Toodyay Historical Society
WHERE IS TOODYAY?
Toodyay is a designated Historic Town one hour’s drive from Perth in Western Australia’s Central Wheat Belt.
The first town site was established in 1836.
James Drummond seems to have been the first to record the area's name. Apparently his native guide informed him the place was called 'Duidgee'. This was gradually changed to 'Toodyay' by the newcomers.
FEATURES OF TOODYAY'S COLONIAL HISTORY
Colonial explorers including Ensign Dale, George Fletcher Moore, Dempsters, Drummonds, Lefroy and Gregory.
‘Parkhurst Boys’ and other immigrant labour;
Convict Depot and Enrolled Pensioner Guard establishment;
the move to the current town site, first known as Newcastle;
wine industry and farming - the food bowl of the colony.
Well-known botanist James Drummond lived and worked in the area.
Bushranger Moondyne Joe also spent considerable periods in the area.
TOODYAY HISTORICAL SOCIETY ACTIVITIES
The Toodyay Historical Society, founded 1980, is based in Donegan's Cottage, part of a unique precinct of 1890s workmen's cottages in the vicinity of the Showground.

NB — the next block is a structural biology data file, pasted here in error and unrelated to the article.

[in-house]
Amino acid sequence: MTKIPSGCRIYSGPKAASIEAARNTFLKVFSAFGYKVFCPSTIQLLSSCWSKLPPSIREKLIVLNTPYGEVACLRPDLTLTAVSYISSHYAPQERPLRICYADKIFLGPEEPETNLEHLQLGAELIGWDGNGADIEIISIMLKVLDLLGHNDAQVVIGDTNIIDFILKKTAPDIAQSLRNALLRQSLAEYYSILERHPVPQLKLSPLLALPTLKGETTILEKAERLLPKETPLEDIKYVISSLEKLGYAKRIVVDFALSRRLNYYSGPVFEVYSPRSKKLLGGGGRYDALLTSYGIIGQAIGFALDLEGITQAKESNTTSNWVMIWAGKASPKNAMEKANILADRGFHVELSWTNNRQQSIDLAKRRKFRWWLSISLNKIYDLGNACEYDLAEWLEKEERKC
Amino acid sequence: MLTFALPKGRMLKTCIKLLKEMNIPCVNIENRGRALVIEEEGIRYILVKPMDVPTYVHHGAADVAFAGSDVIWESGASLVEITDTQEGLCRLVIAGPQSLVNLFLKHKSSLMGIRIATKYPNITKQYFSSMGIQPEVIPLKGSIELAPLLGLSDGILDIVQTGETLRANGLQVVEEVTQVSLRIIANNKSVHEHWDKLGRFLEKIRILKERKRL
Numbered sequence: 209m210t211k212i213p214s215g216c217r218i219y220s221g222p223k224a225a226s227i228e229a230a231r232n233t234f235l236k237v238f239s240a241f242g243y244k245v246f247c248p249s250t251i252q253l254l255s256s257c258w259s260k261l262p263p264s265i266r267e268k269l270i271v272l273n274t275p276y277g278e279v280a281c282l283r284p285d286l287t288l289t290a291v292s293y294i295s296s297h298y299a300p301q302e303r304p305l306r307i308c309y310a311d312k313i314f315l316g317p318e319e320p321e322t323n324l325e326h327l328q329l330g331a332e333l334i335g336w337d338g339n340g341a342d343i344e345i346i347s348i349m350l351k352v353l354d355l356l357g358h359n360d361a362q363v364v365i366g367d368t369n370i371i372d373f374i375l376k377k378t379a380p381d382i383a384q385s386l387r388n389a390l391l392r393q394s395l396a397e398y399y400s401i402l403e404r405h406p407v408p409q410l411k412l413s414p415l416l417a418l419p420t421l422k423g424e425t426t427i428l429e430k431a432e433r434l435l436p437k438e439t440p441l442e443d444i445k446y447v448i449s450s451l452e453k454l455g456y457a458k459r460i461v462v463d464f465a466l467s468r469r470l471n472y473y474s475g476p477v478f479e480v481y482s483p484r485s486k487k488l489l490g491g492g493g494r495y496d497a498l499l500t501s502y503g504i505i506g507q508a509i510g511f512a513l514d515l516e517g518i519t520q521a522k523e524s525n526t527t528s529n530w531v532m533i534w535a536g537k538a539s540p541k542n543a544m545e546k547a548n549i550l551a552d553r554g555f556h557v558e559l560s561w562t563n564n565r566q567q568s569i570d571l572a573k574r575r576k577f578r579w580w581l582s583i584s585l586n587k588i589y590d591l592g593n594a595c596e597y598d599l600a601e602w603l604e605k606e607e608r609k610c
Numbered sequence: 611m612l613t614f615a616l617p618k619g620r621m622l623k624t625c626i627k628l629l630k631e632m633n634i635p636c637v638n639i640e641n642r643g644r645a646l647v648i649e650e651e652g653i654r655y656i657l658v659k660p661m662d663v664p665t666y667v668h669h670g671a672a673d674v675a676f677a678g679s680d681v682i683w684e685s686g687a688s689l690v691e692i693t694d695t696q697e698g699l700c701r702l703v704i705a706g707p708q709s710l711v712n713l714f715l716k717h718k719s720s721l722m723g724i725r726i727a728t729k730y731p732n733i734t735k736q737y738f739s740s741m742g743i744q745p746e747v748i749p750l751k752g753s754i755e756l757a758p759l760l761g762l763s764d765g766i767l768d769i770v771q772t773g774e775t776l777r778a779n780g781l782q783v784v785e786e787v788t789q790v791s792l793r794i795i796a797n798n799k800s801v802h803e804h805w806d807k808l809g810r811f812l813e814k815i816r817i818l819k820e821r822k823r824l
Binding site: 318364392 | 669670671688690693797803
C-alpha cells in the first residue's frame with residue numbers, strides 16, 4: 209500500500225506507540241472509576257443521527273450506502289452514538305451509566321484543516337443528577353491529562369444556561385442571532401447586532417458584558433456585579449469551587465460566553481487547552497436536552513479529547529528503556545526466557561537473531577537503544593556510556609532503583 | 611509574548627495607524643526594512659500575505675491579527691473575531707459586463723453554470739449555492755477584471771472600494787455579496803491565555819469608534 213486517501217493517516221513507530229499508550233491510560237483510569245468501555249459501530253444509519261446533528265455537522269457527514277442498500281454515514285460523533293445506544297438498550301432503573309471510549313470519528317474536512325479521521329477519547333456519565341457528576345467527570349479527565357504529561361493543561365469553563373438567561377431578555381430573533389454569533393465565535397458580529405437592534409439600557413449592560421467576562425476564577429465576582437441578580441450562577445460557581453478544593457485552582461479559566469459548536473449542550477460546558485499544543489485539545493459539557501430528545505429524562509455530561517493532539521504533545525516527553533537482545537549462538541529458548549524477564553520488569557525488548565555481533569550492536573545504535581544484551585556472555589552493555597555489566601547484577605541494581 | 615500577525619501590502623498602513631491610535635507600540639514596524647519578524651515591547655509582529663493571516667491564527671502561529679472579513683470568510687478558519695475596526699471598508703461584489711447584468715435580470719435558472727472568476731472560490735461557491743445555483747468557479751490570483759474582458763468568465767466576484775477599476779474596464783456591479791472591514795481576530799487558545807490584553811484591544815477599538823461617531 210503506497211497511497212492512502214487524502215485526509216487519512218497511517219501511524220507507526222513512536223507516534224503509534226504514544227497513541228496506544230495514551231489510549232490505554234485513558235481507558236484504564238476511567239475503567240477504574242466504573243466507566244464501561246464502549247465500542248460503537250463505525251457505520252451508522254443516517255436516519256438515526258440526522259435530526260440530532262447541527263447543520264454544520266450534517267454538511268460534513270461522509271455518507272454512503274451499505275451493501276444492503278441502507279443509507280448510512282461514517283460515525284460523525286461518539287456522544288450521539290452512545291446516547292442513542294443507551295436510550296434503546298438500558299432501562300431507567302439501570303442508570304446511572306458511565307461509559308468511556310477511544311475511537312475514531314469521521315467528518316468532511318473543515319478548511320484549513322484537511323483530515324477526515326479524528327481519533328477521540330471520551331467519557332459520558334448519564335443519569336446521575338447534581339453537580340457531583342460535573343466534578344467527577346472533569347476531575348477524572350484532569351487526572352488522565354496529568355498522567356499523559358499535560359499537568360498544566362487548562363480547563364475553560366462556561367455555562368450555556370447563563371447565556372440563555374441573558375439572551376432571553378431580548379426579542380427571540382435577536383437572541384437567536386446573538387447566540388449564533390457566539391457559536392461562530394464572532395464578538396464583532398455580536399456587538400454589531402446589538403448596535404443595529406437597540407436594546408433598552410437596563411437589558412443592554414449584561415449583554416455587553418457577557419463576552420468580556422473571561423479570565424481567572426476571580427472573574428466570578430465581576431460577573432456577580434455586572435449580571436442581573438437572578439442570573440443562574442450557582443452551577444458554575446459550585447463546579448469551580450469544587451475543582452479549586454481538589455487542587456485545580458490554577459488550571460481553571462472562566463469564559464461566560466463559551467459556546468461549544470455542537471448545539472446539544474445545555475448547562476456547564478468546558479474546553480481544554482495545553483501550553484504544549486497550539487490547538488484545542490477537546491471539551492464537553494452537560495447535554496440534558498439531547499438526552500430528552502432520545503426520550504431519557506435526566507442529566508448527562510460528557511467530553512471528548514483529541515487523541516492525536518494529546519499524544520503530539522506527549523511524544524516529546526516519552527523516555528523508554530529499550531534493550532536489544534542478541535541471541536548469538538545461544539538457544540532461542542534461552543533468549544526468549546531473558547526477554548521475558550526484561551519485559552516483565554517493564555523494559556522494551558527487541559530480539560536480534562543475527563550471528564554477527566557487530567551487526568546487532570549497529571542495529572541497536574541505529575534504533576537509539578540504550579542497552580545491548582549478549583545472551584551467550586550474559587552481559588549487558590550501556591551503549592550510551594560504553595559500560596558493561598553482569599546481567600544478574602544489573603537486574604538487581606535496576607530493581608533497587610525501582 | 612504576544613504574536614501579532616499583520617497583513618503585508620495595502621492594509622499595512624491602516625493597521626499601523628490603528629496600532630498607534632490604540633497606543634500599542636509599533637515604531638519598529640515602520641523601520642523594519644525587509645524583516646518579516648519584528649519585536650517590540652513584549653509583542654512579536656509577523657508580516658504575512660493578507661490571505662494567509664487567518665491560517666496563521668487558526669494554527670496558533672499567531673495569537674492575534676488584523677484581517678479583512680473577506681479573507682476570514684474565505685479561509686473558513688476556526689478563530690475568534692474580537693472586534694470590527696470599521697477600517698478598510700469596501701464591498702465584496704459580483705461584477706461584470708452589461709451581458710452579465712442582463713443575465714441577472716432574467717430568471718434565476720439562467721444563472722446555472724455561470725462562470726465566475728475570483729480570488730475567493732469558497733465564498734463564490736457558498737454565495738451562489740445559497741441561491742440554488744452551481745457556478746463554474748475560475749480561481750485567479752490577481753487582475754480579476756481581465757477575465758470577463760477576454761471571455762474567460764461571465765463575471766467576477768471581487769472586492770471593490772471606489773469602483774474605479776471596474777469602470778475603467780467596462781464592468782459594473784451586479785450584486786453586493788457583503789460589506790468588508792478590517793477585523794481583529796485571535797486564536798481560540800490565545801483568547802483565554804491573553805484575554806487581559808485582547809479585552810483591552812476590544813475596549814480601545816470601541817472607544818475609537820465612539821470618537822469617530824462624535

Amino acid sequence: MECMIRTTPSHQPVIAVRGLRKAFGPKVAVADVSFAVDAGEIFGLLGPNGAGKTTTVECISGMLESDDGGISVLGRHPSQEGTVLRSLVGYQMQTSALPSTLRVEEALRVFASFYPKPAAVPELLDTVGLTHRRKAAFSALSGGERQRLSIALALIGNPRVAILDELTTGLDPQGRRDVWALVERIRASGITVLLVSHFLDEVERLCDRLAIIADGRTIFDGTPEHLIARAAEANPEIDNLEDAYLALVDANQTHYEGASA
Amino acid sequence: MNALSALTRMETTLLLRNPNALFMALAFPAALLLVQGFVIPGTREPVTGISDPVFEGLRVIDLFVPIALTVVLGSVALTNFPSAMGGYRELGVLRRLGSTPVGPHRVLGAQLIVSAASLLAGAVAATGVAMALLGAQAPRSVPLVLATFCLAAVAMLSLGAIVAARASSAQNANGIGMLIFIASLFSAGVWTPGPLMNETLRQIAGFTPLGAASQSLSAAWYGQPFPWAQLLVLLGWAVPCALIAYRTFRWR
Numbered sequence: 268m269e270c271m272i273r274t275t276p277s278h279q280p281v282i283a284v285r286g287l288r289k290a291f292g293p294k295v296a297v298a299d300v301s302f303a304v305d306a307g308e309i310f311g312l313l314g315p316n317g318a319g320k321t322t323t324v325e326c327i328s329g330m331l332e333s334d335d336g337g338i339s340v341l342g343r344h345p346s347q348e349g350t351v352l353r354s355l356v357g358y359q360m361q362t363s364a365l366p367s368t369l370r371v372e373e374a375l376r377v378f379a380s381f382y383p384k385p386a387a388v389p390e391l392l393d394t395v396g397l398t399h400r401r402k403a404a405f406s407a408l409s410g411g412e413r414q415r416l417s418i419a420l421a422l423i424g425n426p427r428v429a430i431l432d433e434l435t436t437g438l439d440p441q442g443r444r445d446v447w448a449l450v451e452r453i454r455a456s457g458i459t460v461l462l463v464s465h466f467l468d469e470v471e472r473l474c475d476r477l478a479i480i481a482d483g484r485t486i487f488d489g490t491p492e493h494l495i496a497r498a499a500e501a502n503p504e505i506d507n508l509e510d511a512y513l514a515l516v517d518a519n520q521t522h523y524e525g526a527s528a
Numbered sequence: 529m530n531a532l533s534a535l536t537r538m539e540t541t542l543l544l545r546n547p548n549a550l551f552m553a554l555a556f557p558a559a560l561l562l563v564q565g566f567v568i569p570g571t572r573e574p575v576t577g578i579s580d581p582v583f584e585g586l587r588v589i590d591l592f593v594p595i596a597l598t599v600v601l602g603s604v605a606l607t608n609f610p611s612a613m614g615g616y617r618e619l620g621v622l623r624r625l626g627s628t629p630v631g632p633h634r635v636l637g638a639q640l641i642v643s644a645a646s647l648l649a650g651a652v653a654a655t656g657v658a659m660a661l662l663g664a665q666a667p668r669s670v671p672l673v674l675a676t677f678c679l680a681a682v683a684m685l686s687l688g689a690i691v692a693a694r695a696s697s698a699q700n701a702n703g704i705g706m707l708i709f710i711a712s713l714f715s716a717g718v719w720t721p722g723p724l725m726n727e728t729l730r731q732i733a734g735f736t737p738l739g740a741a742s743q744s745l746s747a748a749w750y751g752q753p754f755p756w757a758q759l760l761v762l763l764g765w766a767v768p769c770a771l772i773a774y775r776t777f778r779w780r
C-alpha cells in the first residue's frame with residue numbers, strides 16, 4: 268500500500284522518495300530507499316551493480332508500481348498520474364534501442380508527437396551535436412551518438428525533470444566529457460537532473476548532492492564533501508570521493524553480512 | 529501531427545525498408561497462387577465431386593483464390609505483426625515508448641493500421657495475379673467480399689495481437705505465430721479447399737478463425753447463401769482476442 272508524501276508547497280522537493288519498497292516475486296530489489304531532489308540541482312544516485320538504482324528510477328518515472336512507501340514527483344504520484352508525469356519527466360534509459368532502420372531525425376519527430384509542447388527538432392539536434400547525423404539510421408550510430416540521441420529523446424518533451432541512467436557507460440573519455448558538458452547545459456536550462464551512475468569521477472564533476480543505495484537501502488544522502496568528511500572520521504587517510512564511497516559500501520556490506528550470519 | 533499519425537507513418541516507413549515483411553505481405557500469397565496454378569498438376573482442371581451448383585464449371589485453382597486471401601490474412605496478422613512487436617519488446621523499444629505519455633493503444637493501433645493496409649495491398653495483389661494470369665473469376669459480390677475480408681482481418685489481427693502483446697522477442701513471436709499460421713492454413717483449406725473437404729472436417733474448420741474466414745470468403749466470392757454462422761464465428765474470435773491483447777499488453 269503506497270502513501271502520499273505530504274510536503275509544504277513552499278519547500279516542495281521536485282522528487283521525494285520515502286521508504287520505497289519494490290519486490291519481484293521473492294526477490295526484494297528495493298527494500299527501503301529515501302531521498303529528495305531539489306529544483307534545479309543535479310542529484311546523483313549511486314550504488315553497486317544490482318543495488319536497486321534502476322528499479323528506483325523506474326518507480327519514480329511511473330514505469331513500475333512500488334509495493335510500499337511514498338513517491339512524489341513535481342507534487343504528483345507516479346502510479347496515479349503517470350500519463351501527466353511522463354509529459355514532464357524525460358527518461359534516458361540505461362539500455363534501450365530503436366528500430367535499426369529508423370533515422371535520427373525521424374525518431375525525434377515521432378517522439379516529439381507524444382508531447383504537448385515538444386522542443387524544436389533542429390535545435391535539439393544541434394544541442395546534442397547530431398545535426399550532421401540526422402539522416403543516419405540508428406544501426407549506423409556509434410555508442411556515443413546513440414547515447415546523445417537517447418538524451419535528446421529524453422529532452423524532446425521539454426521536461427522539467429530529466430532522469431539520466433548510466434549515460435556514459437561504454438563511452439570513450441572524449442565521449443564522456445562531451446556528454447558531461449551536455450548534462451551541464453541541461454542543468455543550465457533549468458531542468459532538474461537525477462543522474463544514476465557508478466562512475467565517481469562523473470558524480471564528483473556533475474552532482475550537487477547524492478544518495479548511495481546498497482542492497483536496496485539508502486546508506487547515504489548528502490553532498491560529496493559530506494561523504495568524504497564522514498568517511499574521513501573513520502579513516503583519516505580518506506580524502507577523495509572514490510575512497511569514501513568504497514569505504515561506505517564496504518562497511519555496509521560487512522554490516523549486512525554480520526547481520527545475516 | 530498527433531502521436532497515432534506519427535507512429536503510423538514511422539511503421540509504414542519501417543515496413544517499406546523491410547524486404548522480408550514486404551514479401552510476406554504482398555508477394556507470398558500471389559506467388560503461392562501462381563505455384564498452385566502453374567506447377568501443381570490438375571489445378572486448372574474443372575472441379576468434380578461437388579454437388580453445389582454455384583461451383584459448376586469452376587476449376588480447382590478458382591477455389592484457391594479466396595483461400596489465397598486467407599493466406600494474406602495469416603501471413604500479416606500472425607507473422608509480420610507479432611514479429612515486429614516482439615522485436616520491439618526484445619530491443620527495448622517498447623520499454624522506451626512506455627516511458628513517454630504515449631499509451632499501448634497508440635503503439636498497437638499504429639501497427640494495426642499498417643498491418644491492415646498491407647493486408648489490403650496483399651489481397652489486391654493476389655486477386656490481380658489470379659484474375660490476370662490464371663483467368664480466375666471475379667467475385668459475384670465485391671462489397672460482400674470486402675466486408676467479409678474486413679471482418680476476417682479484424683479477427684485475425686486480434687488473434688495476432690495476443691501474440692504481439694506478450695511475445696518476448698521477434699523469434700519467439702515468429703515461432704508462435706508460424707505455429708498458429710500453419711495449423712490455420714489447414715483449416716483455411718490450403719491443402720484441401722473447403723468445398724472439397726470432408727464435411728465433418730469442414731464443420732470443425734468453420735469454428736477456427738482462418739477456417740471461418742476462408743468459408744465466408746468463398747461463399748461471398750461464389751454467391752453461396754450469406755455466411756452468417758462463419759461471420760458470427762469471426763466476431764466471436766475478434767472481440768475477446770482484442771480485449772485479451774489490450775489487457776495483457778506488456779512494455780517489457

(1) Promoting the maintenance of Toodyay’s character through the preservation and restoration of its historic buildings and settings;
(2) Regular lectures, discussions and excursions to historic sites to promote awareness of Toodyay’s history;
(3) Encouraging research and writing on the history of Toodyay in conjunction with an occasional publications program.
(4) Meetings 7pm on third Wednesday each month.
The Society maintains a growing collection of books, photographs, documents and information relating to the history of the Toodyay area.